(1) To study the effects of providing ankle-foot orthoses in subjects with (sub)acute stroke; and (2) to study whether the point in time at which an ankle-foot orthosis is provided post-stroke (early or delayed) influences these effects.Design:
Randomized controlled trial.Setting:
Unilateral hemiparetic stroke subjects with indication for use of an ankle-foot orthosis and maximal six weeks post-stroke.Interventions:
Subjects were randomly assigned to: early provision (at inclusion; Week 1) or delayed provision (eight weeks later; Week 9).Outcome measures:
10-metre walk test, 6-minute walk test, Timed Up and Go Test, stairs test, Functional Ambulation Categories, Berg Balance Scale, Rivermead Mobility Index and Barthel Index; assessed in Weeks 1, 3, 9 and 11.Results:
A total of 33 subjects were randomized (16 early, 17 delayed). Positive effects of ankle-foot orthoses were found two weeks after provision, both when provided early (significant effects on all outcomes) or delayed (Berg Balance Scale p = 0.011, Functional Ambulation Categories p = 0.008, 6-minute walk test p = 0.005, Timed Up and Go Test p = 0.028). Comparing effects after early and delayed provision showed that early provision resulted in increased levels of improvement on Berg Balance Scale (+5.1 points, p = 0.002), Barthel Index (+1.9 points, p = 0.002) and non-significant improvements on 10-metre walk test (+0.14 m/s, p = 0.093) and Timed Up and Go Test (–5.4 seconds, p = 0.087), compared with delayed provision.Conclusions:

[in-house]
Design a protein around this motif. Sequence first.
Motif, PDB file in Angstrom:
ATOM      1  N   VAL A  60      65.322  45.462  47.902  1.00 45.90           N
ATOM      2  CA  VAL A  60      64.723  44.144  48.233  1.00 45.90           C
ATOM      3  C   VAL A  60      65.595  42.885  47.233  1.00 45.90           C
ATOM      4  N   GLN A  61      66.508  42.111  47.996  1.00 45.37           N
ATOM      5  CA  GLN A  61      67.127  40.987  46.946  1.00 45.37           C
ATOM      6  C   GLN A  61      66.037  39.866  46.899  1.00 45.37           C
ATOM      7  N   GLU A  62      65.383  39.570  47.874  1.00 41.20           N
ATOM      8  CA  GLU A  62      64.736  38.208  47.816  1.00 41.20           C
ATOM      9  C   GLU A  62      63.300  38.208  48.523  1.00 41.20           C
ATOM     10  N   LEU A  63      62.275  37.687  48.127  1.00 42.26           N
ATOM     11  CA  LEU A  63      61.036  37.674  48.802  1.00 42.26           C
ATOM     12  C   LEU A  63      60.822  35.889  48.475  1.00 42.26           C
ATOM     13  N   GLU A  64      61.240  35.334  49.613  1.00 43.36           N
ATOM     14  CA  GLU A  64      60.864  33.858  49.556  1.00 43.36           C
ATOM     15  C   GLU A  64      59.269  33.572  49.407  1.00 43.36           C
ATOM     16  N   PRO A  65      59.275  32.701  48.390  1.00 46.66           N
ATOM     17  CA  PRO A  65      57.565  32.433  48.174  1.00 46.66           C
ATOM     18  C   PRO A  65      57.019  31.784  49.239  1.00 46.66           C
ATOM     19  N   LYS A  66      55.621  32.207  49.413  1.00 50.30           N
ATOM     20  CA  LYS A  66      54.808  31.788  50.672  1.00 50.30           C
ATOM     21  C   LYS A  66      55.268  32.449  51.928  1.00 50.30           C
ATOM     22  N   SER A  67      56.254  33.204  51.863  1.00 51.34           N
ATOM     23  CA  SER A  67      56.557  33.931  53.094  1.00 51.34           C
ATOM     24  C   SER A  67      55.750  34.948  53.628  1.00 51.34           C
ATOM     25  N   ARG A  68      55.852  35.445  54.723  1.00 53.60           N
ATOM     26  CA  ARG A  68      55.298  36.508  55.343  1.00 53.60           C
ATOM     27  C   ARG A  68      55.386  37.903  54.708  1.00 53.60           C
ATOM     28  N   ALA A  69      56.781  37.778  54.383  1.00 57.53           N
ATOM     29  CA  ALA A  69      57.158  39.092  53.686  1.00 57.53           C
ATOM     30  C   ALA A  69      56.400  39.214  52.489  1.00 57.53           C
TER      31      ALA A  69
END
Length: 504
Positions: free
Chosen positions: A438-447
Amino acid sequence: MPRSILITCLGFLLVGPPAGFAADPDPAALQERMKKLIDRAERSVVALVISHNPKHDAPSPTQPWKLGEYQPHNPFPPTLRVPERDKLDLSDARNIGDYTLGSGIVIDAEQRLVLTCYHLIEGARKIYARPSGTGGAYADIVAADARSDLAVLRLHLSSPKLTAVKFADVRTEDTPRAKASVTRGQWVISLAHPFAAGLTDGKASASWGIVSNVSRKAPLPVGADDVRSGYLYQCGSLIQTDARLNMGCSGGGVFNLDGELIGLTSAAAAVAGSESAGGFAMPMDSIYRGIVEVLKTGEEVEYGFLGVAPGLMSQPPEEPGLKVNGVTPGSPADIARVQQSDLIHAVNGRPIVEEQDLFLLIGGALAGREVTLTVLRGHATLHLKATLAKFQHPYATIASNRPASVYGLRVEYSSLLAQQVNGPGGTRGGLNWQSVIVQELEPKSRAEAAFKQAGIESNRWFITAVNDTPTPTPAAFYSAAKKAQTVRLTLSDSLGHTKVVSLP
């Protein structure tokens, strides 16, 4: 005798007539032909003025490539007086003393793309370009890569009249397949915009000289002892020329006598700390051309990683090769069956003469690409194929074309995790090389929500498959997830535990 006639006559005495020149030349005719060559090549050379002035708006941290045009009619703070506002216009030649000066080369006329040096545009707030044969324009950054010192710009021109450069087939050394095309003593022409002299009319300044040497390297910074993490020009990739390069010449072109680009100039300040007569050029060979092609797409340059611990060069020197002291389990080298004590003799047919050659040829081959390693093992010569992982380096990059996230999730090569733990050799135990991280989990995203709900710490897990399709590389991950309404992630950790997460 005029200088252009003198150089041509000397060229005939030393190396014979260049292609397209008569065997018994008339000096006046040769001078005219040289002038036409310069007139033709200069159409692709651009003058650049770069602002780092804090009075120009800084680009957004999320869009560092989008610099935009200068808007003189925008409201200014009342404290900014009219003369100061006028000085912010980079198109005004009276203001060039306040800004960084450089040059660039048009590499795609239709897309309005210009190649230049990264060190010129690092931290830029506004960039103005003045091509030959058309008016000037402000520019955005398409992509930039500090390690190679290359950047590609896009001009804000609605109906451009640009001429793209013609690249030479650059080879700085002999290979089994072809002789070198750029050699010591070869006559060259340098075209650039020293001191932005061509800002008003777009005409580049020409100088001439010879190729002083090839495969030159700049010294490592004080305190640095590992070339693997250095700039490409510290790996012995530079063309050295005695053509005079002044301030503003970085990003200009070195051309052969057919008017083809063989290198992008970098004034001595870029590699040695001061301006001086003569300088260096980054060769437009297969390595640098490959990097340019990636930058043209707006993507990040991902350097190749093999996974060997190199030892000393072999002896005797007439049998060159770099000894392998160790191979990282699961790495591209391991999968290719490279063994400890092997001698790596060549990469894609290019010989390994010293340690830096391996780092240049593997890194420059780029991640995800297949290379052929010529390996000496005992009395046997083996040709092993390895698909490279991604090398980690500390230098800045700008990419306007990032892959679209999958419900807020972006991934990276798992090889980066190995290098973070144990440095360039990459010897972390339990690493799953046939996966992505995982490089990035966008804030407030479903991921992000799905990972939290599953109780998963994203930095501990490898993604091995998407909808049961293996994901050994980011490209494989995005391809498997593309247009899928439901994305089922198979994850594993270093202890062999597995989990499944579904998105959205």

We found positive effects of providing ankle-foot orthoses in (sub)acute stroke subjects that had not used these orthoses before.